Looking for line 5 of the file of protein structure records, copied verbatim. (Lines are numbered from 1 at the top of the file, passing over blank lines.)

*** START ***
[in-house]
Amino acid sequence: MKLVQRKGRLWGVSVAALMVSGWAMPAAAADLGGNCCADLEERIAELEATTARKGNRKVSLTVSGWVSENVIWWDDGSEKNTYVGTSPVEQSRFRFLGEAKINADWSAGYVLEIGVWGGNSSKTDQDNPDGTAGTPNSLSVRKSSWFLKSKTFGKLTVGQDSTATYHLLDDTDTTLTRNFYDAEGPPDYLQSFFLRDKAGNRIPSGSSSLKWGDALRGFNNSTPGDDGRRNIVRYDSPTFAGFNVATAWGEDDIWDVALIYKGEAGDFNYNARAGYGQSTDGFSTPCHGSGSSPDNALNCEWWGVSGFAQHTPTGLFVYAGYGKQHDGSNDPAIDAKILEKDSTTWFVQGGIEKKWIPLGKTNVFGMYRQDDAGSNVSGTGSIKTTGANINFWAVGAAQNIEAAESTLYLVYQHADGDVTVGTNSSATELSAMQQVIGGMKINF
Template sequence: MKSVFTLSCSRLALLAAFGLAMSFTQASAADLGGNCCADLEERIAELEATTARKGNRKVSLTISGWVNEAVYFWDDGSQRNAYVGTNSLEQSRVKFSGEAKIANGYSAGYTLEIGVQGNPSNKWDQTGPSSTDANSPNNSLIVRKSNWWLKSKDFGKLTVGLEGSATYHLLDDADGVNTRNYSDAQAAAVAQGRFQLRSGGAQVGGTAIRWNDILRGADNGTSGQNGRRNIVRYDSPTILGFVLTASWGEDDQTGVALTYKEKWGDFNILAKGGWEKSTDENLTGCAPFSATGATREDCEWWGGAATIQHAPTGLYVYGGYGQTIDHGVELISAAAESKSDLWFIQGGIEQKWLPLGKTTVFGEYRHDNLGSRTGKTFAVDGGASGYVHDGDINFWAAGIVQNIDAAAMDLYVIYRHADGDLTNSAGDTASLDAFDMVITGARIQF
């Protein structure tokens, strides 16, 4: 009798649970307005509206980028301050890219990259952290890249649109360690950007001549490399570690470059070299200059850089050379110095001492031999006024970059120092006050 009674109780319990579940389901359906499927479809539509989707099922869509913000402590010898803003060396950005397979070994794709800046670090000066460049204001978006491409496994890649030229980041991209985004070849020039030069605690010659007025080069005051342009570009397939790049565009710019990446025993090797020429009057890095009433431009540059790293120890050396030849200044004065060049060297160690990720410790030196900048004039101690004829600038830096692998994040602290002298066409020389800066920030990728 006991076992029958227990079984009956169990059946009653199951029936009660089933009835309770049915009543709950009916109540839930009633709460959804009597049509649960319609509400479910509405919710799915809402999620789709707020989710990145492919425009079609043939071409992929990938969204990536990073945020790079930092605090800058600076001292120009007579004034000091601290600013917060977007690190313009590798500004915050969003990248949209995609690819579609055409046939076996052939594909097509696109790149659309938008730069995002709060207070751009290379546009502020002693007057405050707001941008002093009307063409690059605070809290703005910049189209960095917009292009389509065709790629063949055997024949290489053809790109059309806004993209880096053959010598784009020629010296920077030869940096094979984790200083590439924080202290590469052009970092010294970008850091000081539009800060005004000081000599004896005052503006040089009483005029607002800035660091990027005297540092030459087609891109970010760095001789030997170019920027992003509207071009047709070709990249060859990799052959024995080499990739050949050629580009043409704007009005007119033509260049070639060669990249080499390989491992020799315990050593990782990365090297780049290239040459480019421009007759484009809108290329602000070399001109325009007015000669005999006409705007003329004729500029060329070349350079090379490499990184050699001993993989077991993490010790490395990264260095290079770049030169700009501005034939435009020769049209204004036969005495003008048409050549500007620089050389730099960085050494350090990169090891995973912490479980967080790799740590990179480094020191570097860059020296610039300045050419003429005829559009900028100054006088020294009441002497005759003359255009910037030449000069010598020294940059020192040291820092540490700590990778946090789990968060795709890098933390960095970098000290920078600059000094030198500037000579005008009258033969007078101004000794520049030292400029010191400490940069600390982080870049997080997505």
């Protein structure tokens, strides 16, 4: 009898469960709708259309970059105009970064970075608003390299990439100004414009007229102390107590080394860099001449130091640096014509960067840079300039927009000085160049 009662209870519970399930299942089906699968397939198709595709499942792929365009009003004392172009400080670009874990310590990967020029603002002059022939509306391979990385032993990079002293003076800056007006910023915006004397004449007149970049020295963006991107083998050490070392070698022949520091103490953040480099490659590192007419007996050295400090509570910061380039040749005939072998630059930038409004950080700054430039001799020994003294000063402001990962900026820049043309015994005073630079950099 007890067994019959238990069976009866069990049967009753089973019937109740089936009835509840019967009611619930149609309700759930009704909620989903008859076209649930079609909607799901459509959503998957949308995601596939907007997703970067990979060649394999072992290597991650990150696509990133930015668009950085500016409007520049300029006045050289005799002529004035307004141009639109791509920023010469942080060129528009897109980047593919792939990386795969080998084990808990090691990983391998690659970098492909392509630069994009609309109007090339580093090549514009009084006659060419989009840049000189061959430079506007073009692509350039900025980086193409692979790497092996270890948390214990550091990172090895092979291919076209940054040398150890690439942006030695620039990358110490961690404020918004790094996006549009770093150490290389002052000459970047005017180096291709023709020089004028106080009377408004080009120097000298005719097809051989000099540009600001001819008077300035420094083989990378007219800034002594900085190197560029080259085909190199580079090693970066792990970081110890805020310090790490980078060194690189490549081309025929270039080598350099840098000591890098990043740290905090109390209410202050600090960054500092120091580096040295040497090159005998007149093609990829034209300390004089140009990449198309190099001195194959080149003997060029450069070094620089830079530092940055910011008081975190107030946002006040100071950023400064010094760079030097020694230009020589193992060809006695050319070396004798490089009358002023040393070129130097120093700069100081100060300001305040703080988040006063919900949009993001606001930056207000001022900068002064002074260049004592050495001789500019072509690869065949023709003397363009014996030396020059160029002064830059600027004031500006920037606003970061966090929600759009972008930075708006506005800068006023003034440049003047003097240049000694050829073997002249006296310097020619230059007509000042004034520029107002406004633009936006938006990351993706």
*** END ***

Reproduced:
């Protein structure tokens, strides 16, 4: 009898469960709708259309970059105009970064970075608003390299990439100004414009007229102390107590080394860099001449130091640096014509960067840079300039927009000085160049 009662209870519970399930299942089906699968397939198709595709499942792929365009009003004392172009400080670009874990310590990967020029603002002059022939509306391979990385032993990079002293003076800056007006910023915006004397004449007149970049020295963006991107083998050490070392070698022949520091103490953040480099490659590192007419007996050295400090509570910061380039040749005939072998630059930038409004950080700054430039001799020994003294000063402001990962900026820049043309015994005073630079950099 007890067994019959238990069976009866069990049967009753089973019937109740089936009835509840019967009611619930149609309700759930009704909620989903008859076209649930079609909607799901459509959503998957949308995601596939907007997703970067990979060649394999072992290597991650990150696509990133930015668009950085500016409007520049300029006045050289005799002529004035307004141009639109791509920023010469942080060129528009897109980047593919792939990386795969080998084990808990090691990983391998690659970098492909392509630069994009609309109007090339580093090549514009009084006659060419989009840049000189061959430079506007073009692509350039900025980086193409692979790497092996270890948390214990550091990172090895092979291919076209940054040398150890690439942006030695620039990358110490961690404020918004790094996006549009770093150490290389002052000459970047005017180096291709023709020089004028106080009377408004080009120097000298005719097809051989000099540009600001001819008077300035420094083989990378007219800034002594900085190197560029080259085909190199580079090693970066792990970081110890805020310090790490980078060194690189490549081309025929270039080598350099840098000591890098990043740290905090109390209410202050600090960054500092120091580096040295040497090159005998007149093609990829034209300390004089140009990449198309190099001195194959080149003997060029450069070094620089830079530092940055910011008081975190107030946002006040100071950023400064010094760079030097020694230009020589193992060809006695050319070396004798490089009358002023040393070129130097120093700069100081100060300001305040703080988040006063919900949009993001606001930056207000001022900068002064002074260049004592050495001789500019072509690869065949023709003397363009014996030396020059160029002064830059600027004031500006920037606003970061966090929600759009972008930075708006506005800068006023003034440049003047003097240049000694050829073997002249006296310097020619230059007509000042004034520029107002406004633009936006938006990351993706």